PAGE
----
Further insight into Neolithic agricultural management at Kouphovouno, southern Greece: expanding the isotopic approach
Vaiglova, P, Gardeisen, A, Buckley, M, Cavanagh, W, Renard, J, Lee-Thorp, J, Bogaard, A
Archaeological and Anthropological Sciences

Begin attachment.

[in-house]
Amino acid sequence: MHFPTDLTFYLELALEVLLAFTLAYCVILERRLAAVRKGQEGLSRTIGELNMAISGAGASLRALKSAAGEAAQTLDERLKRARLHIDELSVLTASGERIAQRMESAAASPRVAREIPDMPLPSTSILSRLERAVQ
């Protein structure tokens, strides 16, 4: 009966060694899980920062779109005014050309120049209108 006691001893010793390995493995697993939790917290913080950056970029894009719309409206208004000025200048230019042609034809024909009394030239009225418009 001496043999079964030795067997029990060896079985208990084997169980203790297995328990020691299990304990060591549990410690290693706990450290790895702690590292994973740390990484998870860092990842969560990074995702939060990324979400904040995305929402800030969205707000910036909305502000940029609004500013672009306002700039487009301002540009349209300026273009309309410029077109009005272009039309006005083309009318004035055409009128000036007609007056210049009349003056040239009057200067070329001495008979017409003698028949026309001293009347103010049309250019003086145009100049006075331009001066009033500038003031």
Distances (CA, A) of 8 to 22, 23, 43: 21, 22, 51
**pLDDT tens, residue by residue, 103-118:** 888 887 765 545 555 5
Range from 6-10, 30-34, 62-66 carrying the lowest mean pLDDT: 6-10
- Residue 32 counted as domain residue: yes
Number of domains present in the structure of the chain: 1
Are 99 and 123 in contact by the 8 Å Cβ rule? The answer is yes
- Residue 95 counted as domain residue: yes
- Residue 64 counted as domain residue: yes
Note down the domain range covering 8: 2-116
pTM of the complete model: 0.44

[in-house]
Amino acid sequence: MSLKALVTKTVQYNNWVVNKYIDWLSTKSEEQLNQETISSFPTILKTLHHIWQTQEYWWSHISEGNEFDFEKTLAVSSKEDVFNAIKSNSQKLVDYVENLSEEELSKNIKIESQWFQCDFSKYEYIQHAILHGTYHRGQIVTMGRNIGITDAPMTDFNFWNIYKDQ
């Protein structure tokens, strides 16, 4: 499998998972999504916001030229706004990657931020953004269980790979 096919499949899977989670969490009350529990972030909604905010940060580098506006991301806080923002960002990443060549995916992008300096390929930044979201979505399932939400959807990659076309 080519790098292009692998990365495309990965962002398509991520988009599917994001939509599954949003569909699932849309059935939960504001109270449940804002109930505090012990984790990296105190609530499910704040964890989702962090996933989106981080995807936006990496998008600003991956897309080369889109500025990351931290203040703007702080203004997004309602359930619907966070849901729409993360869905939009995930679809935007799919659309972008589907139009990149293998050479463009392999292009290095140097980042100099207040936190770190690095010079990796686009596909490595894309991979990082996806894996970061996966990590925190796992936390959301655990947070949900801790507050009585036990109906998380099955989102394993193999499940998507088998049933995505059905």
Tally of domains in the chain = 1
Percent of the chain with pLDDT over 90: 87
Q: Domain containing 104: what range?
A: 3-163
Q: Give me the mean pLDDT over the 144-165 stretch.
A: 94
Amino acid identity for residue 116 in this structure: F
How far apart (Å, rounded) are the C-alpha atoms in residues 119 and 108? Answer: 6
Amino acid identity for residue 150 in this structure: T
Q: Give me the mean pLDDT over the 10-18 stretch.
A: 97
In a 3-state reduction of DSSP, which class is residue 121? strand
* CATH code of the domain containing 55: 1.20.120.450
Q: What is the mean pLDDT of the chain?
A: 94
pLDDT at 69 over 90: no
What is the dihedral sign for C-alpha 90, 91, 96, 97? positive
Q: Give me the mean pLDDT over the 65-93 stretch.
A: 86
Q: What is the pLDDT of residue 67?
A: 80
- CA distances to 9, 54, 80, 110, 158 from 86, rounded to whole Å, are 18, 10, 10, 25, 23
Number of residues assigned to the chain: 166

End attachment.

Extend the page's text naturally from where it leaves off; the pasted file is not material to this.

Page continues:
© 2020, Springer-Verlag GmbH Germany, part of Springer Nature. This paper investigates agricultural management choices of farmers at the Neolithic site of Kouphvouno, southern Greece. Previous stable isotopic analysis of charred plant remains and bone animal collagen showed that throughout the Neolithic occupation of this site, farmers employed species-specific strategies to cultivate crops and herd domestic animals. Additional analyses of charred plant remain carried out in this study (including einkorn, a cereal species not measured before) expanding our understanding of the diversity and flexibility of early crop cultivation on a local scale. Furthermore, sequential tooth enamel carbonate isotopic analyses are used to assess the seasonal dietary and grazing patterns of domestic sheep and goat, providing a more nuanced picture of the roles of these animals in the subsistence economy of this community. The results show that the species-specific cultivation system was dictated by the crops’ ecological adaptations. Based on a small number of individuals available for analysis, the findings suggest that animal management was also likely driven by cultural choices, and involved foddering of goats managed for milk and local grazing of sheep managed for meat.